After reeling off a string of magnificent, influential hit songs with producer Willie Mitchell in the early 1970’s, soul singer Al Green took a Little Richard turn. Construing the maniacal assault on him by his girlfriend and her subsequent suicide as signs from God, he bought the Full Gospel Tabernacle Church in Memphis and became an ordained minister.
In addition to preaching, he turned to recording and performing gospel music, although he never entirely left pop music. We saw him perform at the Guthrie Theater in Minneapolis in the early 1980’s, and he mostly toyed with the desire of the audience to hear him sing his great pop songs of the ’70s.
Hearing him sing in person, however, was a revelation. The man could do anything with his voice. It had not previously occurred to me how deeply crafted were the silky voice and the falsetto delivery of his pop hits. He sang gospel with his trademark charisma and romantic persona, but with unbelievable power.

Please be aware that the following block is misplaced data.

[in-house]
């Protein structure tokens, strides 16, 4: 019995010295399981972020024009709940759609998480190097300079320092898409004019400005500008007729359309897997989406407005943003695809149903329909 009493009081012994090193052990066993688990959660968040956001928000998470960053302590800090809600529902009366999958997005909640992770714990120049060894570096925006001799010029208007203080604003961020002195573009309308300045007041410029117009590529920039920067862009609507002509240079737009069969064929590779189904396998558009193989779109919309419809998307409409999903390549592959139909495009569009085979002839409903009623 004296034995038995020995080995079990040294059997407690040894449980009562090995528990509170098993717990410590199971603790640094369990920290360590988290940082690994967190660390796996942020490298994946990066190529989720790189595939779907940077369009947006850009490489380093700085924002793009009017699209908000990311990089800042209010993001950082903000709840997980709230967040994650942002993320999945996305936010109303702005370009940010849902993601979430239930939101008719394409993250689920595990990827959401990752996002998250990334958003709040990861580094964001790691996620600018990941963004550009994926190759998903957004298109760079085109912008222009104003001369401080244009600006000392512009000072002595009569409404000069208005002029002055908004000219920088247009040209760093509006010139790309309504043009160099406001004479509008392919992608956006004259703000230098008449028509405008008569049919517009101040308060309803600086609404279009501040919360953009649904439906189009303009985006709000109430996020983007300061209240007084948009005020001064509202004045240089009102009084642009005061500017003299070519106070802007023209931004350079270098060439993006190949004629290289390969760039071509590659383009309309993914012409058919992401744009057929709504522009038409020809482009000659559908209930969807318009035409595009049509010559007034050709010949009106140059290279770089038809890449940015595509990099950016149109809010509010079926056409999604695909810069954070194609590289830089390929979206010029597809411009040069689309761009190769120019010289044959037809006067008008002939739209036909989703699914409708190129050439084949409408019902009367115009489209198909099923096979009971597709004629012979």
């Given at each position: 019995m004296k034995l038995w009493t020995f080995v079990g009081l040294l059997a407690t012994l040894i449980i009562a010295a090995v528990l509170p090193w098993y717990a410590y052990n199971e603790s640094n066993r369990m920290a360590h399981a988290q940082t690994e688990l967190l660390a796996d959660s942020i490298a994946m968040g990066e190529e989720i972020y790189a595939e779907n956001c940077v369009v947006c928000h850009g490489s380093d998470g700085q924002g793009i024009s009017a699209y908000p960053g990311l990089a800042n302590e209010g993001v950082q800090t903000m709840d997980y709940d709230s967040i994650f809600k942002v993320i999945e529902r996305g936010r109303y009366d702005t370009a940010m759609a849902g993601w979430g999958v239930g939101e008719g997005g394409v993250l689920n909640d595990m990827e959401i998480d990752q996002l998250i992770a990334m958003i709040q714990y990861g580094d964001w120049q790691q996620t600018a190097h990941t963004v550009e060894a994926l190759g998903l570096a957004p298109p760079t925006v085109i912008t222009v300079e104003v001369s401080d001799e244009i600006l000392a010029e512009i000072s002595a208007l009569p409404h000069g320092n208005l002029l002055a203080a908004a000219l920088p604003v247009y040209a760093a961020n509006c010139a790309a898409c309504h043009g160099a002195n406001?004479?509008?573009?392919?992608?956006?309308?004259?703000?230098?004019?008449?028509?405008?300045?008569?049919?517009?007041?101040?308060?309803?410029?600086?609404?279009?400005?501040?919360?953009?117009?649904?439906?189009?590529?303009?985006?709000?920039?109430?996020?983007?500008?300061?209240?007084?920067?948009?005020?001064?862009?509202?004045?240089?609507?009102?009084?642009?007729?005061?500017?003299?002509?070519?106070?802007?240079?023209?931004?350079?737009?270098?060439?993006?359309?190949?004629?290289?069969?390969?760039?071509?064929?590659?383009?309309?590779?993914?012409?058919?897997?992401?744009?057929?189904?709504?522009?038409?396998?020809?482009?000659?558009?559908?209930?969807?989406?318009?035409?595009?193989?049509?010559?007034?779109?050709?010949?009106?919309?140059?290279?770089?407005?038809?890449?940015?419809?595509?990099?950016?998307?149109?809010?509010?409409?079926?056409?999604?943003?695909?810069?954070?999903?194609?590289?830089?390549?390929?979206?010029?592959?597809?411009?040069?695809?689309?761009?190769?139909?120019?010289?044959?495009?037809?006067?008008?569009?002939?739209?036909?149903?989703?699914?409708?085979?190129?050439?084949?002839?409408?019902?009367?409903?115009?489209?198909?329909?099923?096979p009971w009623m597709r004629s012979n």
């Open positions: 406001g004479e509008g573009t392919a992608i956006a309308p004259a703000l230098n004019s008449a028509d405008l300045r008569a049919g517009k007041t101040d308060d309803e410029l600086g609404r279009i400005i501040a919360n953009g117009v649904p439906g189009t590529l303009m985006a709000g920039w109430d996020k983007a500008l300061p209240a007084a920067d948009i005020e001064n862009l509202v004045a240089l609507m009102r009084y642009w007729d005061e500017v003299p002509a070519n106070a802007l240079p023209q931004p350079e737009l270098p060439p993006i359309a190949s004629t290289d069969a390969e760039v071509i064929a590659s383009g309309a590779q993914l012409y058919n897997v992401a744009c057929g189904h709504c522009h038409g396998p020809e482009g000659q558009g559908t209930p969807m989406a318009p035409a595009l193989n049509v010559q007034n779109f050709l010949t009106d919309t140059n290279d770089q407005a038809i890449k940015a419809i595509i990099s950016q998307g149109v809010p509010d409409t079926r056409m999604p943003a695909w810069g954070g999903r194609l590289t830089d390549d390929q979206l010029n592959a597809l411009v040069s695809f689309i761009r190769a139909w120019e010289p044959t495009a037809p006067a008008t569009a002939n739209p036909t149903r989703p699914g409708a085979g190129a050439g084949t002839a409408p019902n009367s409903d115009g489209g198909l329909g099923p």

In 1988 he reunited briefly with Willie Mitchell. In 1991, Marc Cohn brought him to mind in Cohn’s visionary “Walking in Memphis” — “Reverend Green be glad to see you, when you haven’t got a prayer.” In 1995 he was inducted into the Rock and Roll Hall of Fame.
This morning’s Washington Times runs the AP story reporting that Al Green has reunited again with Willie Mitchell, this time to produce “I Can’t Stop,” due out next Tuesday. The story makes for great reading, and it is certainly today’s good news. Cheers!
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